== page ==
Edward Snowden, Still Stuck, Admits He Needs Help [Updated]

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With standing offers of asylum but no way to get to Latin America, leaker extraordinaire Edward Snowden is requesting assistance from human-rights groups. This morning at 9 a.m. — 5 p.m. in Russia — Snowden is reportedly hosting a meeting at the transit zone of Moscow's Sheremetyevo Airport, where he's been hiding since June 23, having invited Amnesty International, Human Rights Watch, and Transparency International.

"I have been extremely fortunate to enjoy and accept many offers of support and asylum from brave countries around the world. These nations have my gratitude, and I hope to travel to each of them to extend my personal thanks to their people and leaders," Snowden wrote in an e-mail. "Unfortunately, in recent weeks we have witnessed an unlawful campaign by officials in the U.S. Government to deny my right to seek and enjoy this asylum under Article 14 of the Universal Declaration of Human Rights."

Snowden said U.S. attempts to extradite him — even after President Obama said he would not be "scrambling jets" — are "a threat not just to the dignity of Latin America or my own personal security, but to the basic right shared by every living person to live free from persecution." The ACLU, in an article yesterday, argued that the U.S. is setting a "very dangerous precedent," both by revoking Snowden's passport and ignoring international law.

Today, Snowden wrote, he will make a "brief statement" prior to a "discussion regarding the next steps forward in my situation."

"I'm planning to go," the head of Amnesty International Russia told the Guardian. "I'm not sure this is for real, but compelled to give it a try," a rep for Human Rights Watch wrote on Facebook. "Wouldn’t want to create an impression that HRW is not interested in what Snowden has to say."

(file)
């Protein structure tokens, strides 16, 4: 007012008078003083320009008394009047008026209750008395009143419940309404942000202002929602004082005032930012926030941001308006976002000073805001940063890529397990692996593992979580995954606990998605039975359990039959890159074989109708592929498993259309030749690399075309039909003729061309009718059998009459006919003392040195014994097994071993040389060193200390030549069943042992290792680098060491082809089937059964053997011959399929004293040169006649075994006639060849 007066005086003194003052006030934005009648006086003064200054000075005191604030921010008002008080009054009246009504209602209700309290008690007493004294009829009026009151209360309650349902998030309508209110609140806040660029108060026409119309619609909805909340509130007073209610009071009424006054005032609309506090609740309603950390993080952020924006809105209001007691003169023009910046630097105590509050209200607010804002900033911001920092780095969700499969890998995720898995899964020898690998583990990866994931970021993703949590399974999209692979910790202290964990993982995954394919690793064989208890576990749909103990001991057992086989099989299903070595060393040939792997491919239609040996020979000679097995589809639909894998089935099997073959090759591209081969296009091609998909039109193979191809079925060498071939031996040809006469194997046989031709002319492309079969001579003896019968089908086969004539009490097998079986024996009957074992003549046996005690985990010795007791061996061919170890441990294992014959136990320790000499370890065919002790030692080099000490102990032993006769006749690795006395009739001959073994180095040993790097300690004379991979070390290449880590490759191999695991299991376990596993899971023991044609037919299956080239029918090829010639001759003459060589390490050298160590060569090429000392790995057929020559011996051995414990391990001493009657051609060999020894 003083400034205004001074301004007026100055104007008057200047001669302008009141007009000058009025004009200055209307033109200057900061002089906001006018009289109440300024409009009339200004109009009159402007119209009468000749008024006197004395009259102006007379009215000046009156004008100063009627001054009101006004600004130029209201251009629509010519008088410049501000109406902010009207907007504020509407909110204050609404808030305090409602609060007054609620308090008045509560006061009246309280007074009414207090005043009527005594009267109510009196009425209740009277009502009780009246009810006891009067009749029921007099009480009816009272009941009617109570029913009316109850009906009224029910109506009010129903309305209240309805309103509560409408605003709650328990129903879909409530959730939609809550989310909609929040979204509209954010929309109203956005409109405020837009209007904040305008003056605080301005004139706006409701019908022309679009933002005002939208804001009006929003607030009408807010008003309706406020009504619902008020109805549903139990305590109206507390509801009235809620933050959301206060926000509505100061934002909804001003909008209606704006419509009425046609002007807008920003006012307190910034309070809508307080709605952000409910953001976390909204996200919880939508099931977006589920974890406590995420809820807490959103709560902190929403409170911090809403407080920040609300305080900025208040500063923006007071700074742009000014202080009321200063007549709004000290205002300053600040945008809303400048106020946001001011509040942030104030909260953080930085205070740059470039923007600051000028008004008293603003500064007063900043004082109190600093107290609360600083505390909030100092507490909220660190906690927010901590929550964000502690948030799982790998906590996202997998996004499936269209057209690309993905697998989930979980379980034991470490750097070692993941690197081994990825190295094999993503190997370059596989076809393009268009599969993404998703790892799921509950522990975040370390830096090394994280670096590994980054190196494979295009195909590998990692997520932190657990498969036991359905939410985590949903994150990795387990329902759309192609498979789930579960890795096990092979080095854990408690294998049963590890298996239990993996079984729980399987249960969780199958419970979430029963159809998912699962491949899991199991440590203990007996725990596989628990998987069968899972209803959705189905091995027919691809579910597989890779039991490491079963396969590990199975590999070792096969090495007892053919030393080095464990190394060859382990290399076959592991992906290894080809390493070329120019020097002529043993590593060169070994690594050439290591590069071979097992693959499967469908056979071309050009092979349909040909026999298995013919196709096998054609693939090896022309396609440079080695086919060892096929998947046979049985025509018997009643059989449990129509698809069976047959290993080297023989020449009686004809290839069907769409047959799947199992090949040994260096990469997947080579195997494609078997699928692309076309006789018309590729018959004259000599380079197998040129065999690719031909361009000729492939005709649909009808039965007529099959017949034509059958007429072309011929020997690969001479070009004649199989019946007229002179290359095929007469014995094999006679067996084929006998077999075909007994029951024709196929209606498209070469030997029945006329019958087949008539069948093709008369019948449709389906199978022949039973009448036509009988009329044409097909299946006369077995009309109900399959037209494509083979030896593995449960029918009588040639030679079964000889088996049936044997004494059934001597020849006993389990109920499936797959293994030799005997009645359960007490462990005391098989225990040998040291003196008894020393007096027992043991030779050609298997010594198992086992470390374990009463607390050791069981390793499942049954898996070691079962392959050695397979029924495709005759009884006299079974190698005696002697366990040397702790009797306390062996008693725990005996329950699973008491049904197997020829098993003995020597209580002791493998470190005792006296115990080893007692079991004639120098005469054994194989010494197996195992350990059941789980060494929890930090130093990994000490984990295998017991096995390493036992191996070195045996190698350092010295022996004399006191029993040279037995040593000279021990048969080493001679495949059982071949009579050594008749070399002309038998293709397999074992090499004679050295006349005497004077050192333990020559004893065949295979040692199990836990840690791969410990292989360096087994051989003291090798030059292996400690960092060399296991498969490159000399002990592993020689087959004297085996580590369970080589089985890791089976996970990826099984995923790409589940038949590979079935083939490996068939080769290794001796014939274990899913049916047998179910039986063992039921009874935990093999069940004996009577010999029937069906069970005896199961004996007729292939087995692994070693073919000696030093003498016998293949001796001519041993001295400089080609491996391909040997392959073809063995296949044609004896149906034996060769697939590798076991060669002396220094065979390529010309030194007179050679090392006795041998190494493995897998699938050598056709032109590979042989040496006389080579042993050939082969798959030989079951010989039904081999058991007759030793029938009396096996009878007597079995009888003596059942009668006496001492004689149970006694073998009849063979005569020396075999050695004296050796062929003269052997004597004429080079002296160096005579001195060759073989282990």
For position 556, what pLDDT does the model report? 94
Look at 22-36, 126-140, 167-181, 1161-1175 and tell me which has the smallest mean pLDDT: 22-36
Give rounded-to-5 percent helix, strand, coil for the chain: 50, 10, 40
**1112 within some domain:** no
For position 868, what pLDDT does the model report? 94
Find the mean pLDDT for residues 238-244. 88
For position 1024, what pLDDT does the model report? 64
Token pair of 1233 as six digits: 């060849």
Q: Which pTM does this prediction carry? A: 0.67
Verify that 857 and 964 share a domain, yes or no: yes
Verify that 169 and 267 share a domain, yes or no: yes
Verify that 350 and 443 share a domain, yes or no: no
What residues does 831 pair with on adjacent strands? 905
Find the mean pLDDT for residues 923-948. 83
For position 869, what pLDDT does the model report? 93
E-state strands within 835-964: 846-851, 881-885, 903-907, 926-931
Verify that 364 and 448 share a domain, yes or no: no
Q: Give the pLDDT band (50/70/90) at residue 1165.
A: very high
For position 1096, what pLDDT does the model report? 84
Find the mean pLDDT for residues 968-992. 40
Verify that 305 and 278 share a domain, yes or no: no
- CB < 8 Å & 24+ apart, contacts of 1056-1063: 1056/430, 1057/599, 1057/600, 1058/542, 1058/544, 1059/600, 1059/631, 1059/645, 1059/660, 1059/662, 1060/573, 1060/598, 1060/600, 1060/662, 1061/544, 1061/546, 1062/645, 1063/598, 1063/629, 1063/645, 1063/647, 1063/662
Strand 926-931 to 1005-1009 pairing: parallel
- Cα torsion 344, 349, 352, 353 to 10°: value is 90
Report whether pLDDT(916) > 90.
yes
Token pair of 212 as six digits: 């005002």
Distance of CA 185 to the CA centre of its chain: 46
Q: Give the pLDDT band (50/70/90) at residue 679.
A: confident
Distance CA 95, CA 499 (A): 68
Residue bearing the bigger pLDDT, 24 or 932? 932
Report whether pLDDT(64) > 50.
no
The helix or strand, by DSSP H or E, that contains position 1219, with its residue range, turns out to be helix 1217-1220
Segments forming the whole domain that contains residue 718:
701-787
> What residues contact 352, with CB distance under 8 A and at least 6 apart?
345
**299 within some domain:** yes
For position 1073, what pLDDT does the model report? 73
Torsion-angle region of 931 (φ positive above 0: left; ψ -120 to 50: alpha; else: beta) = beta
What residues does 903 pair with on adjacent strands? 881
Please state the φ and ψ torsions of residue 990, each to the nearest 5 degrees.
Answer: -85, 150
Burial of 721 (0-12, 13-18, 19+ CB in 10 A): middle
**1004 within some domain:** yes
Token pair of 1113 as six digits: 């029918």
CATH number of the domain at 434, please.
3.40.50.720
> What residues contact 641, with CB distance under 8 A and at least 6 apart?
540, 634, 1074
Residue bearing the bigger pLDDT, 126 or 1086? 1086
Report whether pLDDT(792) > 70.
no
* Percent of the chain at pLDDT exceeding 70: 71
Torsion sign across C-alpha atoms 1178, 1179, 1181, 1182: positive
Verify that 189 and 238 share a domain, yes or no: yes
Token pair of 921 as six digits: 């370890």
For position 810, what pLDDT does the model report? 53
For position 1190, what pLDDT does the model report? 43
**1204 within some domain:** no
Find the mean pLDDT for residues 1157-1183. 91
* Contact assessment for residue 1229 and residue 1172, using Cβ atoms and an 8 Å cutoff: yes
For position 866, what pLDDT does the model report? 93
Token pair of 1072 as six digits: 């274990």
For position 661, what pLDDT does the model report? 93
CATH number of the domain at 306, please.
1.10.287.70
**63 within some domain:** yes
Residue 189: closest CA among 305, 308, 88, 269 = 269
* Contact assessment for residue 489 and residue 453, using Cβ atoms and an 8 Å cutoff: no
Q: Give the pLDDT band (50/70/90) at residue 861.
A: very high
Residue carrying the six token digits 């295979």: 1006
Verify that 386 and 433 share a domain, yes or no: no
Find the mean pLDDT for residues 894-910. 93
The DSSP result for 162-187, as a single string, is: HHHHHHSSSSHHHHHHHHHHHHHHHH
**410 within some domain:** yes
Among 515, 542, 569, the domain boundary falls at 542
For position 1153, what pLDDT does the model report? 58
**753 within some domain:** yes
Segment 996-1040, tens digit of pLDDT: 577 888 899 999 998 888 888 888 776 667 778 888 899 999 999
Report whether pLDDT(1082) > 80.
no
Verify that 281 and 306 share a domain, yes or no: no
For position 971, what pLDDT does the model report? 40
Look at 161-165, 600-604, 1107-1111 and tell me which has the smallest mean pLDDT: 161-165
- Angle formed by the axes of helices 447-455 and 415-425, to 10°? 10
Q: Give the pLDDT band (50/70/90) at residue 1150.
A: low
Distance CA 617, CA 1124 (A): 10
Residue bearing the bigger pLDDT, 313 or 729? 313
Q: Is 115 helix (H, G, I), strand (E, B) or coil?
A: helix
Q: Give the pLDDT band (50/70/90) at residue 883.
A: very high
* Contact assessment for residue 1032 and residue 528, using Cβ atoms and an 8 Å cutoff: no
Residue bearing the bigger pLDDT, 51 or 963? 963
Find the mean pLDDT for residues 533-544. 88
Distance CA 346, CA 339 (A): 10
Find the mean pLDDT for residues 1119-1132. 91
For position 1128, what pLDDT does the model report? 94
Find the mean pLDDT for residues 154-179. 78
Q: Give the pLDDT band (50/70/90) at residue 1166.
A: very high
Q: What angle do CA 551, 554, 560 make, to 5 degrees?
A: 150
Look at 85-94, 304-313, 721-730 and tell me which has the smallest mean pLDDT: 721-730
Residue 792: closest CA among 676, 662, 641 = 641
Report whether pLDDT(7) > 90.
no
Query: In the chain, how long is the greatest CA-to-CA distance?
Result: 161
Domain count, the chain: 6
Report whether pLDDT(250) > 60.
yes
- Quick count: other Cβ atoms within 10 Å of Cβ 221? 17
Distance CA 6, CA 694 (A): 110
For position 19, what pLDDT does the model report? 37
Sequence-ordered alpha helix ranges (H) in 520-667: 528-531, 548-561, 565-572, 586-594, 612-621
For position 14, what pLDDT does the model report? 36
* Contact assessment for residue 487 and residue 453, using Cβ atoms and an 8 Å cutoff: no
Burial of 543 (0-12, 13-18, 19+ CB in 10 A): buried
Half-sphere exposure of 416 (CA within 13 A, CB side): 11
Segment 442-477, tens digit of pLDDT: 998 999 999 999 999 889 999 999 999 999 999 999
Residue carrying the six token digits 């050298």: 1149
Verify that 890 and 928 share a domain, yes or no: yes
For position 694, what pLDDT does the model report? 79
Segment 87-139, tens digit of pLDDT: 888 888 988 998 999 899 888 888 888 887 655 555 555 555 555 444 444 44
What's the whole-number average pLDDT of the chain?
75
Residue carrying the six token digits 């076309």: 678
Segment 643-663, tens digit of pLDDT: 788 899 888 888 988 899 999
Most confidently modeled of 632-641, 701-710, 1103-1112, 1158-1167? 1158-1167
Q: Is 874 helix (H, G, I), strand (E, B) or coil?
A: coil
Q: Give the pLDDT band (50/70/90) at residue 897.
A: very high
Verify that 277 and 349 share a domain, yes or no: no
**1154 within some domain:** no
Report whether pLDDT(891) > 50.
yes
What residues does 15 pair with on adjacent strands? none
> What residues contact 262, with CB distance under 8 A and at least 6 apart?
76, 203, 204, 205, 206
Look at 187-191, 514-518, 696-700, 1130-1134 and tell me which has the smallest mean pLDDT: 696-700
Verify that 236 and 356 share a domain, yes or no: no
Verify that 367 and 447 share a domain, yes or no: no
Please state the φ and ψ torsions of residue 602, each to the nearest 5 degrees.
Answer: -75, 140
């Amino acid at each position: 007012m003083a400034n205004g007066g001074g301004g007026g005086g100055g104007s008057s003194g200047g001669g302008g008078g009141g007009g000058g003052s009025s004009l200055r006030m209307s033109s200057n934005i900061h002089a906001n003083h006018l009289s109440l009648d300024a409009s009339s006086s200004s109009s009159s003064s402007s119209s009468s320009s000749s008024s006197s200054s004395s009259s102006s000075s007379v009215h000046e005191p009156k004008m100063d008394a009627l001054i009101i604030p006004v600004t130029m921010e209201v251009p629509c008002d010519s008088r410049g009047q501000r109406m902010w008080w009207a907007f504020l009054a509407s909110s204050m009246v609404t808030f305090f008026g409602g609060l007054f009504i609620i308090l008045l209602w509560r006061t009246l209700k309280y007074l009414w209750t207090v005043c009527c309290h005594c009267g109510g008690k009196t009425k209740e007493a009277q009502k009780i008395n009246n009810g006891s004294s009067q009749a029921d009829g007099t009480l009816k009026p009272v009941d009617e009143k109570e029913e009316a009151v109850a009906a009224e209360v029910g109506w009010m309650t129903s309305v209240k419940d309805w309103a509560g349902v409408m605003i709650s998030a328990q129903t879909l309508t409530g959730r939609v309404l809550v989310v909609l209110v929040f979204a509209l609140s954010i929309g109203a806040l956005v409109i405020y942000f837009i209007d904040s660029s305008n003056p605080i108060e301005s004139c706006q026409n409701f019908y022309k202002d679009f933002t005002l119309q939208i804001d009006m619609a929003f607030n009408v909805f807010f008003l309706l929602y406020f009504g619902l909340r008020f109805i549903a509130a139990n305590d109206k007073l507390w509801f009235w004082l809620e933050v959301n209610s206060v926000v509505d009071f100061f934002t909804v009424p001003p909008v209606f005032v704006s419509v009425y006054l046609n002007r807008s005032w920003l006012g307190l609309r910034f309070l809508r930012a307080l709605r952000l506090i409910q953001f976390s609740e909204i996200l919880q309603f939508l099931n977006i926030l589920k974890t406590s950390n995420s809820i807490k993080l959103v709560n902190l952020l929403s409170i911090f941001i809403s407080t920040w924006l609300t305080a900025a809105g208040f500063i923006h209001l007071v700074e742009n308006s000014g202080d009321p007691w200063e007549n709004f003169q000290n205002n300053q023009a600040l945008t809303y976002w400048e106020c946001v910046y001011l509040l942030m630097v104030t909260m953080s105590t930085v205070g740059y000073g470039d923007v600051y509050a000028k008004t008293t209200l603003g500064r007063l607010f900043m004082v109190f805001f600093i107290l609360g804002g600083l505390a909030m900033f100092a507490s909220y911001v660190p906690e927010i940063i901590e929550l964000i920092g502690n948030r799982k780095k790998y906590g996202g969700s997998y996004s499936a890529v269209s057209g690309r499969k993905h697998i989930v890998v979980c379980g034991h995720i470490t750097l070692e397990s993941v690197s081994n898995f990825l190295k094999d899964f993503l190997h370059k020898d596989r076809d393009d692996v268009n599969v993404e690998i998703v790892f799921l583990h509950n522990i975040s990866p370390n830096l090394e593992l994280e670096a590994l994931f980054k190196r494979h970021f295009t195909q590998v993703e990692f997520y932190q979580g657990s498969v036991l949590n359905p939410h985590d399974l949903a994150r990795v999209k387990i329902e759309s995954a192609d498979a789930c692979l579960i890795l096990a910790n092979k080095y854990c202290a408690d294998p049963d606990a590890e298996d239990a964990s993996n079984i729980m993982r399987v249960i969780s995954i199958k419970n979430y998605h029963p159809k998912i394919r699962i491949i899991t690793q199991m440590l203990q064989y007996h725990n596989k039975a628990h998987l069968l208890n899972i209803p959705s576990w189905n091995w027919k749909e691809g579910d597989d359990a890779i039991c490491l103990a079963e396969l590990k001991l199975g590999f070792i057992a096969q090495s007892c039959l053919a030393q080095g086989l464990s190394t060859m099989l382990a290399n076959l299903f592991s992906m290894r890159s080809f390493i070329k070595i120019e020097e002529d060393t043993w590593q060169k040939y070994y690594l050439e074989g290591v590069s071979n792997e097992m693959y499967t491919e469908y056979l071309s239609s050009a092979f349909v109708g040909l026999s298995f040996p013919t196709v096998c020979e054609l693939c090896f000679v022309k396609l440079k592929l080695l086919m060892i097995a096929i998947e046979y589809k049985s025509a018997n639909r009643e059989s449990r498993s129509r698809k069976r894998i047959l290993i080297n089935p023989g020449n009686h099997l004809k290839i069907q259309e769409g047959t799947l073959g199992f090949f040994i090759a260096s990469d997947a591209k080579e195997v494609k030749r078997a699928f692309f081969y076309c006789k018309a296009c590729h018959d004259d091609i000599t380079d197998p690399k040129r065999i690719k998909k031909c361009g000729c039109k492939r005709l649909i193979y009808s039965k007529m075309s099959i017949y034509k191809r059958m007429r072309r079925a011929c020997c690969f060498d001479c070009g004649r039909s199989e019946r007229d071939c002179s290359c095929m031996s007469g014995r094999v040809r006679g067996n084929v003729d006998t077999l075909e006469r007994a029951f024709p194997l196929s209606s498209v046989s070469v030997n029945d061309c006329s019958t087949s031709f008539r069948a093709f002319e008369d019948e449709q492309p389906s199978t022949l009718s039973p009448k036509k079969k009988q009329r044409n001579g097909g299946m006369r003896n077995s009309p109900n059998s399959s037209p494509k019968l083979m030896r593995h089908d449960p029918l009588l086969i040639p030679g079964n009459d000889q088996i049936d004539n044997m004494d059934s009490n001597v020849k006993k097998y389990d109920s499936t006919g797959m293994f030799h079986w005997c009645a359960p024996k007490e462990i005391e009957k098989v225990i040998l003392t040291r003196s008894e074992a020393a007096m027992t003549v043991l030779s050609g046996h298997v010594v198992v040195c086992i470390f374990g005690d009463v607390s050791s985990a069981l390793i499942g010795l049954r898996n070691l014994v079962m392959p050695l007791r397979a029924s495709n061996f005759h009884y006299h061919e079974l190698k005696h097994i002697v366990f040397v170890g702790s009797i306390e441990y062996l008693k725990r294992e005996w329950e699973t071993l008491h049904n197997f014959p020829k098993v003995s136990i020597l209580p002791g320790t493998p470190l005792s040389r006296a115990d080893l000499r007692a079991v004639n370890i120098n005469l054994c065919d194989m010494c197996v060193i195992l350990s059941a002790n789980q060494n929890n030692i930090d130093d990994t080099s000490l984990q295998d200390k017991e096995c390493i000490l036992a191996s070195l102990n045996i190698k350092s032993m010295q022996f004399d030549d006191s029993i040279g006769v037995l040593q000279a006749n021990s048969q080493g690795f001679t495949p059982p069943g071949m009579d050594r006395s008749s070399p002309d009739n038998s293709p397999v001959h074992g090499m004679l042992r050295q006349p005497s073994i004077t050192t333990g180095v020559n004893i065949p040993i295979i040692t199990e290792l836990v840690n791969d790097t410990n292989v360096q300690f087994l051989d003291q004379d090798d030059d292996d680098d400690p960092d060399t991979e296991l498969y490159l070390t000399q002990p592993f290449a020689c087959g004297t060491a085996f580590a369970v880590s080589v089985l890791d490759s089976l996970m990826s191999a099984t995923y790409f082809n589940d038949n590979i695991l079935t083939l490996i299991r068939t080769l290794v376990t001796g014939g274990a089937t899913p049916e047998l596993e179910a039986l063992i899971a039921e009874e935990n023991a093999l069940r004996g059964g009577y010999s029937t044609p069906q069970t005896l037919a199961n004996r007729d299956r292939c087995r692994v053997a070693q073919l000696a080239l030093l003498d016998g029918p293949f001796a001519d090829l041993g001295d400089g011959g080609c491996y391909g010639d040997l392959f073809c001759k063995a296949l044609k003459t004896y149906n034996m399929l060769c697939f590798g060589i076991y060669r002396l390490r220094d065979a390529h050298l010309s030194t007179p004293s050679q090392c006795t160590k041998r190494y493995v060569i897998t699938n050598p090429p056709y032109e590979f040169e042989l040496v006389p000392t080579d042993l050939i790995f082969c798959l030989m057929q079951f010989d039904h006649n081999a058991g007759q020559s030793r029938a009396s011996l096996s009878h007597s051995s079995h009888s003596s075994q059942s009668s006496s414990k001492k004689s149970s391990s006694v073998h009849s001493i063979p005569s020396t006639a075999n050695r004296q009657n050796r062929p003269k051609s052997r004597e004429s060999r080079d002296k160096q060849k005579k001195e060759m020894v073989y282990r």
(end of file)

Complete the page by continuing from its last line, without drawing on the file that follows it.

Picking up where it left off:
It's already a madhouse at the airport: In the words of one Russian journalist, "Here it's hell."

Update: At the meeting, Snowden said he plans to seek temporary asylum in Russia and hopes to travel to Latin America eventually. "I am only in a position to accept Russia's offer because of my inability to travel," he said, noting that he'd received offers from Venezuela, Bolivia, Nicaragua, and Ecuador. Tanya Lokshina of Human Rights Watch said Snowden hopes that international organizations will petition the United States to allow his travel.

Most importantly, here are some new pictures of the guy:

Update II: WikiLeaks has the full text of Snowden's statement. Here's the end:

I announce today my formal acceptance of all offers of support or asylum I have been extended and all others that may be offered in the future. With, for example, the grant of asylum provided by Venezuela’s President Maduro, my asylee status is now formal, and no state has a basis by which to limit or interfere with my right to enjoy that asylum. As we have seen, however, some governments in Western European and North American states have demonstrated a willingness to act outside the law, and this behavior persists today. This unlawful threat makes it impossible for me to travel to Latin America and enjoy the asylum granted there in accordance with our shared rights.

This willingness by powerful states to act extra-legally represents a threat to all of us, and must not be allowed to succeed. Accordingly, I ask for your assistance in requesting guarantees of safe passage from the relevant nations in securing my travel to Latin America, as well as requesting asylum in Russia until such time as these states accede to law and my legal travel is permitted. I will be submitting my request to Russia today, and hope it will be accepted favorably.